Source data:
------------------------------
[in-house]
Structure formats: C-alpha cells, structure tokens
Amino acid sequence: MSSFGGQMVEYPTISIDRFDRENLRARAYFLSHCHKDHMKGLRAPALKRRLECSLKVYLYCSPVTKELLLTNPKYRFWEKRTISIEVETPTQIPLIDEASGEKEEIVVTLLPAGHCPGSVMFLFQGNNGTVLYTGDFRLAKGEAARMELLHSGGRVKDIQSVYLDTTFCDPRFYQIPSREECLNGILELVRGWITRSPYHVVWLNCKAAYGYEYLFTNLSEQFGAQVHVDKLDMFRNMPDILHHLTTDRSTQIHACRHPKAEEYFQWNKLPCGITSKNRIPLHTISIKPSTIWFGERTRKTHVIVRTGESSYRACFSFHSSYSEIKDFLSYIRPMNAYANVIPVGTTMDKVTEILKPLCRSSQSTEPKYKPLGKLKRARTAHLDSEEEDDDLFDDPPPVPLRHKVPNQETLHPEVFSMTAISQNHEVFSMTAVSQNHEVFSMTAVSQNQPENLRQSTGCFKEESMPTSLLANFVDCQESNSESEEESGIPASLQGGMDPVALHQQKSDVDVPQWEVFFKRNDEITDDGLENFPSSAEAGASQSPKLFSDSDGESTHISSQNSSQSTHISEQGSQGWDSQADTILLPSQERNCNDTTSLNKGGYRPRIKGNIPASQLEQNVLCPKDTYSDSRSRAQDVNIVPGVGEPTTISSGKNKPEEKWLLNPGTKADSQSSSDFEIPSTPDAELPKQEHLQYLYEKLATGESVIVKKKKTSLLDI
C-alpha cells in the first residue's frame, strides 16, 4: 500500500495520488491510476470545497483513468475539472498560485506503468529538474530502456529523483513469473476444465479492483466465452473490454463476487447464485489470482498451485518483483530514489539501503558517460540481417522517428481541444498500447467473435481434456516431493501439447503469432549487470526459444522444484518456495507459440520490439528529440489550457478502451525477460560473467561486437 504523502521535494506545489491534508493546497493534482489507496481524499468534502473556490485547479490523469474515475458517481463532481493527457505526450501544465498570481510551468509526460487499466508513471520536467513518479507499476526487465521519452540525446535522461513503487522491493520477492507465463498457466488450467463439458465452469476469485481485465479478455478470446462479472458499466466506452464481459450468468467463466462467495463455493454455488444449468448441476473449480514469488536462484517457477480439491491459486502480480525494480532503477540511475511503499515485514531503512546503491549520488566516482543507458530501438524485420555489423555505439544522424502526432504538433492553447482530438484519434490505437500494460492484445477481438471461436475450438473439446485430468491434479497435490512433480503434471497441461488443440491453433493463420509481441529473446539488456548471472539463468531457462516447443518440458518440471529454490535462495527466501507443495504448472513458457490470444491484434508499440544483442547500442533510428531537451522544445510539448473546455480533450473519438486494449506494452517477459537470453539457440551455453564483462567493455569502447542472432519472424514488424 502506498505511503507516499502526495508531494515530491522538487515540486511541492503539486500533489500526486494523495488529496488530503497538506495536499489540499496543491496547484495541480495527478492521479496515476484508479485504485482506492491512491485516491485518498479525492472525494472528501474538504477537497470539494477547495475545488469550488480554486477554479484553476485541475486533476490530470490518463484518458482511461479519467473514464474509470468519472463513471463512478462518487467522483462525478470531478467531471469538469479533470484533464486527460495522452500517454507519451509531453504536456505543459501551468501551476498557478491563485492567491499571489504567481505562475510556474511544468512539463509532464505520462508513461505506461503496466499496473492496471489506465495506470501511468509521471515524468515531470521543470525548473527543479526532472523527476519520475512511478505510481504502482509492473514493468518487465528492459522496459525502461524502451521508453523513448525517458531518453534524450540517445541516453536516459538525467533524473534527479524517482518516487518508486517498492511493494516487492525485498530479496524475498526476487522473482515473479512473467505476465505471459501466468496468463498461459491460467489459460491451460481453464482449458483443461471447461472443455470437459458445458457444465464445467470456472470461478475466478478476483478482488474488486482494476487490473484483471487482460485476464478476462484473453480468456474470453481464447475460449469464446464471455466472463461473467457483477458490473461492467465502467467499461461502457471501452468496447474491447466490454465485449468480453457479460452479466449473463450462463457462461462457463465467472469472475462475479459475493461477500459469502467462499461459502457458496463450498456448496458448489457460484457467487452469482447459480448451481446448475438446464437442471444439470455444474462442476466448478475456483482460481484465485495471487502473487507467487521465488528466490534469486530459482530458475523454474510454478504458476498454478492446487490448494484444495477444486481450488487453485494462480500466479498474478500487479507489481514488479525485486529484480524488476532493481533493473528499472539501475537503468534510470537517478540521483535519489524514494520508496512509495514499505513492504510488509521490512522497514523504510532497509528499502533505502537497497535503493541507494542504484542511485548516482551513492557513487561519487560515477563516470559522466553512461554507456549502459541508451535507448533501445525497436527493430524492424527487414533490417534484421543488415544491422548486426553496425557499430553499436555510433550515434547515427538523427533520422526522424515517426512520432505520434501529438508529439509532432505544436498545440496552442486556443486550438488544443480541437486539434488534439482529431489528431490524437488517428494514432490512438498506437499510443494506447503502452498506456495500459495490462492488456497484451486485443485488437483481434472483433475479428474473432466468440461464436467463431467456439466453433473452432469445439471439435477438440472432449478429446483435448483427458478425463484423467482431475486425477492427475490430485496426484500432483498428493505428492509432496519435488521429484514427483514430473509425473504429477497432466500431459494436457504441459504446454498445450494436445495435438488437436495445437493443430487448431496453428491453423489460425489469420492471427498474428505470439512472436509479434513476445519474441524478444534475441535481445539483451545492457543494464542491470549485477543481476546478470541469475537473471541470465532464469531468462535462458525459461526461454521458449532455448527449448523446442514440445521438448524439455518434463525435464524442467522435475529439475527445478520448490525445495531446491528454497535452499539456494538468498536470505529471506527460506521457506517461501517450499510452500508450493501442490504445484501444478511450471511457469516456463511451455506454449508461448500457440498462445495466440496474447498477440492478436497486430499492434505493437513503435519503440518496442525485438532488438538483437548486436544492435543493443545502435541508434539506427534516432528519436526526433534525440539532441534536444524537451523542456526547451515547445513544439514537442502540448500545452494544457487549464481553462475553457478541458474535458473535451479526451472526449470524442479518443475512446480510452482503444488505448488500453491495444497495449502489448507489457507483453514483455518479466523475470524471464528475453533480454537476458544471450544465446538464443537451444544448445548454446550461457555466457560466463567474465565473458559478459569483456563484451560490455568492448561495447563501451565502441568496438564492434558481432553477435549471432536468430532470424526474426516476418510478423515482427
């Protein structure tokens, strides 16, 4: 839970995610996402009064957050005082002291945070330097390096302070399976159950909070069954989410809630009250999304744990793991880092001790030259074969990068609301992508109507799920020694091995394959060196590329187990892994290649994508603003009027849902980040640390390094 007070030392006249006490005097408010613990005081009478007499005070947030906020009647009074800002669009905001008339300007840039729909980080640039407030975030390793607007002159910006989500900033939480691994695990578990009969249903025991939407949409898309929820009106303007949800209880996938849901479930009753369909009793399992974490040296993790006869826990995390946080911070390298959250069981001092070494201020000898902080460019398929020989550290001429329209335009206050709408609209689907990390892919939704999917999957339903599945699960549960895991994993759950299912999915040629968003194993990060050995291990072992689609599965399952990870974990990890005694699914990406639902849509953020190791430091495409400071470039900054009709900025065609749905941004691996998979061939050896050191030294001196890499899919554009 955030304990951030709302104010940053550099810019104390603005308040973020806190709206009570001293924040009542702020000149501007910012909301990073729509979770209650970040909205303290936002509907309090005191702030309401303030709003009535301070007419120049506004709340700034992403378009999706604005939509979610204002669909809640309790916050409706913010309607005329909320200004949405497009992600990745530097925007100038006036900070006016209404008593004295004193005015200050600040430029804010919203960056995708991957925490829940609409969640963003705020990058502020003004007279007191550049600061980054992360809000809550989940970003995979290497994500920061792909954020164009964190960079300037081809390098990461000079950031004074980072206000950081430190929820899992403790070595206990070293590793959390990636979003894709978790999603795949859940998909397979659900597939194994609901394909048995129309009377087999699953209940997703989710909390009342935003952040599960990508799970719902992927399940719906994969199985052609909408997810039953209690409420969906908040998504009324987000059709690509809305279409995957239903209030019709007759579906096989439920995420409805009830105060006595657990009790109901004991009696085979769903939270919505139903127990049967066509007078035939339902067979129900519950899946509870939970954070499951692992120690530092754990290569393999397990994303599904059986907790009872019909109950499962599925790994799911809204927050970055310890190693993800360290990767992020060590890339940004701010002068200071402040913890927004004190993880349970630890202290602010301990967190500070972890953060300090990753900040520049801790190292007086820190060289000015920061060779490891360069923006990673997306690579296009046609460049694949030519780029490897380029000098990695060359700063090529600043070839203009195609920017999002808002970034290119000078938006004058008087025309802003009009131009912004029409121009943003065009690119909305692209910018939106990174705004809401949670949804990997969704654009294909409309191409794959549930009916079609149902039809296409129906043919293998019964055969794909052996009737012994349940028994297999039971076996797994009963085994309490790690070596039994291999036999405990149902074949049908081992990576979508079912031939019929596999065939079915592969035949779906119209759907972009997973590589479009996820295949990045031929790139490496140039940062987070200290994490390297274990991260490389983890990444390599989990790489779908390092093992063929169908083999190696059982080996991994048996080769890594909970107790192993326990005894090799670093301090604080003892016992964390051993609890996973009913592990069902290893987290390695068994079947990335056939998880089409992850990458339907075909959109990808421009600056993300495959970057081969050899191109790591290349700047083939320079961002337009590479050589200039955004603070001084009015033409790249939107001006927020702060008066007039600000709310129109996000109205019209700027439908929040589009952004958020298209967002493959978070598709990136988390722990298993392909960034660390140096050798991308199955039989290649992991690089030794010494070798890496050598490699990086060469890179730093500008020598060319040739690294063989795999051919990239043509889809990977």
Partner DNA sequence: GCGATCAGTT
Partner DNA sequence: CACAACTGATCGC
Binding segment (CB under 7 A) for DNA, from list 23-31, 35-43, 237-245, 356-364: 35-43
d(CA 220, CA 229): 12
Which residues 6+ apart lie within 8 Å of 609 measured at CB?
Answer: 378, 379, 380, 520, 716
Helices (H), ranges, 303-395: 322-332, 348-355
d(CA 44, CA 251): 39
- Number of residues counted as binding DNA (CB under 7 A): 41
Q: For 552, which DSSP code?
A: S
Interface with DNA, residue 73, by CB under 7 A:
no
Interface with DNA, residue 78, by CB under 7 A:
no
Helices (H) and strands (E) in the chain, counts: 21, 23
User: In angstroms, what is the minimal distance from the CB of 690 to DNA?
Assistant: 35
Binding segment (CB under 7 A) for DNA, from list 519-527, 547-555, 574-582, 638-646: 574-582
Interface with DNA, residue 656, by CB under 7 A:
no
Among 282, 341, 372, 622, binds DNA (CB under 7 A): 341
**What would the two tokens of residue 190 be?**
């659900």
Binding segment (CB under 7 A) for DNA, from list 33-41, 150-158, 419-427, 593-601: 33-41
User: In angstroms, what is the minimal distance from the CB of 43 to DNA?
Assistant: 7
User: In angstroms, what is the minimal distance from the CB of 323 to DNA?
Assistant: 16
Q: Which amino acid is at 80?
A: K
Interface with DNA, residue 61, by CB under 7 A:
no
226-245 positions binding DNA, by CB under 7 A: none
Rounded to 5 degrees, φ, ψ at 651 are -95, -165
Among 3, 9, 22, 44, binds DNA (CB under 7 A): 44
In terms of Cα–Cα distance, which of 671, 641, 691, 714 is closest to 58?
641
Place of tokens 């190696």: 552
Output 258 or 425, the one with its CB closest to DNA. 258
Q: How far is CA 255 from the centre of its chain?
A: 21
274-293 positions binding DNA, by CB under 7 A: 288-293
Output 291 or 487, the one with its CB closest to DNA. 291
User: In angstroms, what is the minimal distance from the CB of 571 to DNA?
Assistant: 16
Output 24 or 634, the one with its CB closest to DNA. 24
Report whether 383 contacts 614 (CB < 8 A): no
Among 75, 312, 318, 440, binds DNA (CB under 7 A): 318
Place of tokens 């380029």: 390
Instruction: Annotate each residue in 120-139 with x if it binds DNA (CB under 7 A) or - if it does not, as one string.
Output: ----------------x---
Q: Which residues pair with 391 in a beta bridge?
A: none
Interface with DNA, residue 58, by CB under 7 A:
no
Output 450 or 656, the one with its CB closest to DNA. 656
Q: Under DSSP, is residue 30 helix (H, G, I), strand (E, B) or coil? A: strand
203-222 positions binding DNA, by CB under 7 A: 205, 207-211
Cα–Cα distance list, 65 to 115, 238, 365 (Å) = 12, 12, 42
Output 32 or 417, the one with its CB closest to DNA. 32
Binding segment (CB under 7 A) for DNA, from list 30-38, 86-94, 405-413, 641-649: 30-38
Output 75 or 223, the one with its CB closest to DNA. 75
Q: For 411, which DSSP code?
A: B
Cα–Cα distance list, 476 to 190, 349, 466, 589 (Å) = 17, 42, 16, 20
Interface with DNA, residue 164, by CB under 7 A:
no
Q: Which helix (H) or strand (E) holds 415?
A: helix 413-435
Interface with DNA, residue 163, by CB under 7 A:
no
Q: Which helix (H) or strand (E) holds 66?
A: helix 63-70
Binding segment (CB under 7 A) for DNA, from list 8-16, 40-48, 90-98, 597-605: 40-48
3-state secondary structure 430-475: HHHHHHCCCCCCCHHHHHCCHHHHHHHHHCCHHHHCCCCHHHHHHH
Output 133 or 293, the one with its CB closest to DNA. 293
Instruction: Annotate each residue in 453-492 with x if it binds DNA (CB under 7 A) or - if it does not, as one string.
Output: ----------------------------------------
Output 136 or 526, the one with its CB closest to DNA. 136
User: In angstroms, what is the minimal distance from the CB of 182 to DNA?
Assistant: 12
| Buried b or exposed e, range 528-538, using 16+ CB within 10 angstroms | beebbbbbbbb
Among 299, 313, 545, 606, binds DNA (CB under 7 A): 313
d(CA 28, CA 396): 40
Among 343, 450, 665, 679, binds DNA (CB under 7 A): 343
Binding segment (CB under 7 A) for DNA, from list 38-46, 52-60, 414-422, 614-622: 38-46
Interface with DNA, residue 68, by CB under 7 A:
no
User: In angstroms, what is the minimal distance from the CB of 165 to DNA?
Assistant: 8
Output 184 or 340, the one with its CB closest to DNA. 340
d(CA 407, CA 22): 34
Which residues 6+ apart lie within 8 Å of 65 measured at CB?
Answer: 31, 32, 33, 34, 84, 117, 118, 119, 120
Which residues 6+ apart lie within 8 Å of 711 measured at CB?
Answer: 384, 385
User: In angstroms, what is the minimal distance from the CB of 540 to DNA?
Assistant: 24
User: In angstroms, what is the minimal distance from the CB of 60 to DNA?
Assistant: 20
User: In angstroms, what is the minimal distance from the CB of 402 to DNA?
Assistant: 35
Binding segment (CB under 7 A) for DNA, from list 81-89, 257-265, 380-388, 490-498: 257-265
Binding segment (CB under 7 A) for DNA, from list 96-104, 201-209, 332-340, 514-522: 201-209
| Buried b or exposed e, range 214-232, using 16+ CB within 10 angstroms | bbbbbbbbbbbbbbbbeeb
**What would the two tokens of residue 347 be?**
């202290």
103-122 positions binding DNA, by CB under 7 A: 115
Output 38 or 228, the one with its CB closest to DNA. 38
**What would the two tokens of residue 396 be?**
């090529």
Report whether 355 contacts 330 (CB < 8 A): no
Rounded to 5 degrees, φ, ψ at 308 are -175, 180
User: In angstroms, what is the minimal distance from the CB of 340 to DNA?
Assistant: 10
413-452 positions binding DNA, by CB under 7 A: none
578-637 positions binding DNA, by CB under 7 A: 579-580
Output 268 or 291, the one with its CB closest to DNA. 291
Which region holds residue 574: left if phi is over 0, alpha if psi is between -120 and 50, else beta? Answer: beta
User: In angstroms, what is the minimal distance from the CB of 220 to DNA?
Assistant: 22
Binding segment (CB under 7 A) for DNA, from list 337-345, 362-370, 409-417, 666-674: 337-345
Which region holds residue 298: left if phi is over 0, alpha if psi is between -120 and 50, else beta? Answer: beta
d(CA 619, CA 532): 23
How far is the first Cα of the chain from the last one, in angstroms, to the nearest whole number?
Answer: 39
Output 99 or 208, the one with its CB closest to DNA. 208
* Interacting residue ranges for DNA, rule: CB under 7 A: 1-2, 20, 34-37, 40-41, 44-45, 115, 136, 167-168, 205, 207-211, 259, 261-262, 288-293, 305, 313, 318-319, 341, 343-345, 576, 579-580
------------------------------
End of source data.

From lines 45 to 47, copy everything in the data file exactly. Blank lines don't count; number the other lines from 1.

Output 258 or 425, the one with its CB closest to DNA. 258
Q: How far is CA 255 from the centre of its chain?
A: 21